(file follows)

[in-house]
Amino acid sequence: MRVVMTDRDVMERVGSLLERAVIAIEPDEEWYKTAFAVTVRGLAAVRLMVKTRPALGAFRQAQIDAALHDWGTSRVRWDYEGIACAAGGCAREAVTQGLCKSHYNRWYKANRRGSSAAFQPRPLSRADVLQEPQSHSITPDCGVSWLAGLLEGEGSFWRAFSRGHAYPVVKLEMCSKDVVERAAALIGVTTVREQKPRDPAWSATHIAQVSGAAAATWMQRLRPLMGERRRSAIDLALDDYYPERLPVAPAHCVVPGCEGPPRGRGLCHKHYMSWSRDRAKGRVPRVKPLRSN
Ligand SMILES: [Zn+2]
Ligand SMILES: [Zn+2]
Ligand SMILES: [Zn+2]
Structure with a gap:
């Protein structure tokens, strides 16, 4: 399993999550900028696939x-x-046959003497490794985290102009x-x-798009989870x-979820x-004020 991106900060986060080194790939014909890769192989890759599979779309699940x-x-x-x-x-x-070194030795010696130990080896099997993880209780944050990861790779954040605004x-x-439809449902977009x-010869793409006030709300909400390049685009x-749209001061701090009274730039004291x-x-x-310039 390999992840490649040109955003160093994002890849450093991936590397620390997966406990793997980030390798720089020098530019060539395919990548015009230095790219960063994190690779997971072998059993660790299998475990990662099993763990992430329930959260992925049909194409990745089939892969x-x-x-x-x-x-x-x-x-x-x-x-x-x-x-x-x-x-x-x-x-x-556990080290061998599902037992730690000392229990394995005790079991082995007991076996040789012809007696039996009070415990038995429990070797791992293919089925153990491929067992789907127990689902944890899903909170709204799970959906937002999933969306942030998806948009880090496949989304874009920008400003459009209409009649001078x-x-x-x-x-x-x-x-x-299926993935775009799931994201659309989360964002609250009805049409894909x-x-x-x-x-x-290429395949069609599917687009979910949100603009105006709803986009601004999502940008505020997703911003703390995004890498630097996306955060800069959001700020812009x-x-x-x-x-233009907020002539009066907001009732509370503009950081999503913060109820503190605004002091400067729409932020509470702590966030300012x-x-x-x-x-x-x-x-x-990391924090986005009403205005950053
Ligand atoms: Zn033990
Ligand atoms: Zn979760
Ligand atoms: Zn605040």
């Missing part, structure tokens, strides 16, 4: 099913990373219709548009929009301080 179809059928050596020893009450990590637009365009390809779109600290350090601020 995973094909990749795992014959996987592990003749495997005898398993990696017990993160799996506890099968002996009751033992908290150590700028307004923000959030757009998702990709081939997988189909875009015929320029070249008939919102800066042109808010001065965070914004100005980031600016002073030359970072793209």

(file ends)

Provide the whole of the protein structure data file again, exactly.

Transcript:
[in-house]
Amino acid sequence: MRVVMTDRDVMERVGSLLERAVIAIEPDEEWYKTAFAVTVRGLAAVRLMVKTRPALGAFRQAQIDAALHDWGTSRVRWDYEGIACAAGGCAREAVTQGLCKSHYNRWYKANRRGSSAAFQPRPLSRADVLQEPQSHSITPDCGVSWLAGLLEGEGSFWRAFSRGHAYPVVKLEMCSKDVVERAAALIGVTTVREQKPRDPAWSATHIAQVSGAAAATWMQRLRPLMGERRRSAIDLALDDYYPERLPVAPAHCVVPGCEGPPRGRGLCHKHYMSWSRDRAKGRVPRVKPLRSN
Ligand SMILES: [Zn+2]
Ligand SMILES: [Zn+2]
Ligand SMILES: [Zn+2]
Structure with a gap:
């Protein structure tokens, strides 16, 4: 399993999550900028696939x-x-046959003497490794985290102009x-x-798009989870x-979820x-004020 991106900060986060080194790939014909890769192989890759599979779309699940x-x-x-x-x-x-070194030795010696130990080896099997993880209780944050990861790779954040605004x-x-439809449902977009x-010869793409006030709300909400390049685009x-749209001061701090009274730039004291x-x-x-310039 390999992840490649040109955003160093994002890849450093991936590397620390997966406990793997980030390798720089020098530019060539395919990548015009230095790219960063994190690779997971072998059993660790299998475990990662099993763990992430329930959260992925049909194409990745089939892969x-x-x-x-x-x-x-x-x-x-x-x-x-x-x-x-x-x-x-x-x-x-556990080290061998599902037992730690000392229990394995005790079991082995007991076996040789012809007696039996009070415990038995429990070797791992293919089925153990491929067992789907127990689902944890899903909170709204799970959906937002999933969306942030998806948009880090496949989304874009920008400003459009209409009649001078x-x-x-x-x-x-x-x-x-299926993935775009799931994201659309989360964002609250009805049409894909x-x-x-x-x-x-290429395949069609599917687009979910949100603009105006709803986009601004999502940008505020997703911003703390995004890498630097996306955060800069959001700020812009x-x-x-x-x-233009907020002539009066907001009732509370503009950081999503913060109820503190605004002091400067729409932020509470702590966030300012x-x-x-x-x-x-x-x-x-990391924090986005009403205005950053
Ligand atoms: Zn033990
Ligand atoms: Zn979760
Ligand atoms: Zn605040």
């Missing part, structure tokens, strides 16, 4: 099913990373219709548009929009301080 179809059928050596020893009450990590637009365009390809779109600290350090601020 995973094909990749795992014959996987592990003749495997005898398993990696017990993160799996506890099968002996009751033992908290150590700028307004923000959030757009998702990709081939997988189909875009015929320029070249008939919102800066042109808010001065965070914004100005980031600016002073030359970072793209």